(Submitted on 29 Oct 2019)
Abstract:The AlphaZero algorithm has achieved superhuman performance in two-player, deterministic, zero-sum games where perfect information of the game state is available. This success has been demonstrated in Chess, Shogi, and Go where learning occurs solely through self-play. Many real-world applications (e.g., equity trading) require the consideration of a multiplayer environment. In this work, we suggest novel modifications of the AlphaZero algorithm to support multiplayer environments, and evaluate the approach in two simple 3-player games. Our experiments show that multiplayer AlphaZero learns successfully and consistently outperforms a competing approach: Monte Carlo tree search. These results suggest that our modified AlphaZero can learn effective strategies in multiplayer game scenarios. Our work supports the use of AlphaZero in multiplayer games and suggests future research for more complex environments.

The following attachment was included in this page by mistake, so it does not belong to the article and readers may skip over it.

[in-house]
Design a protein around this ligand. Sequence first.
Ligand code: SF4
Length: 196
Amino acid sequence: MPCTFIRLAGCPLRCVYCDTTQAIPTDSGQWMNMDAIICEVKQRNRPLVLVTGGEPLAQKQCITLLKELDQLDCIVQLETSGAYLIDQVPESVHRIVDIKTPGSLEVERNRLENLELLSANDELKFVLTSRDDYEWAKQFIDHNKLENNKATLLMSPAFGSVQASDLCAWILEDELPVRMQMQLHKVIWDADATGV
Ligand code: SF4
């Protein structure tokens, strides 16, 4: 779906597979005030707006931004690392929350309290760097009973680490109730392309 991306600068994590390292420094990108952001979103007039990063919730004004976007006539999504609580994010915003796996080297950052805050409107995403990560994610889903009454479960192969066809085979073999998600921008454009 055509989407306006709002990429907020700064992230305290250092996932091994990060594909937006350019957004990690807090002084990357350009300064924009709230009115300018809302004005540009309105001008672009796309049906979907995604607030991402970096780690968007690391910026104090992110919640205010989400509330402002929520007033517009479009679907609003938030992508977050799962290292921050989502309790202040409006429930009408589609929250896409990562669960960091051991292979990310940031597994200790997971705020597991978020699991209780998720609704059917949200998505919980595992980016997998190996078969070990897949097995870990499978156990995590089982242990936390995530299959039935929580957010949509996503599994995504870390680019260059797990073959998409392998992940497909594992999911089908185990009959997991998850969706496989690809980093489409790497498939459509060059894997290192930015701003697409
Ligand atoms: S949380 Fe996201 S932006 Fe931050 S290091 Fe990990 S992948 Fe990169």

From: Nick Petosa [view email]
[v1]Tue, 29 Oct 2019 00: 06: 01 UTC (421 KB)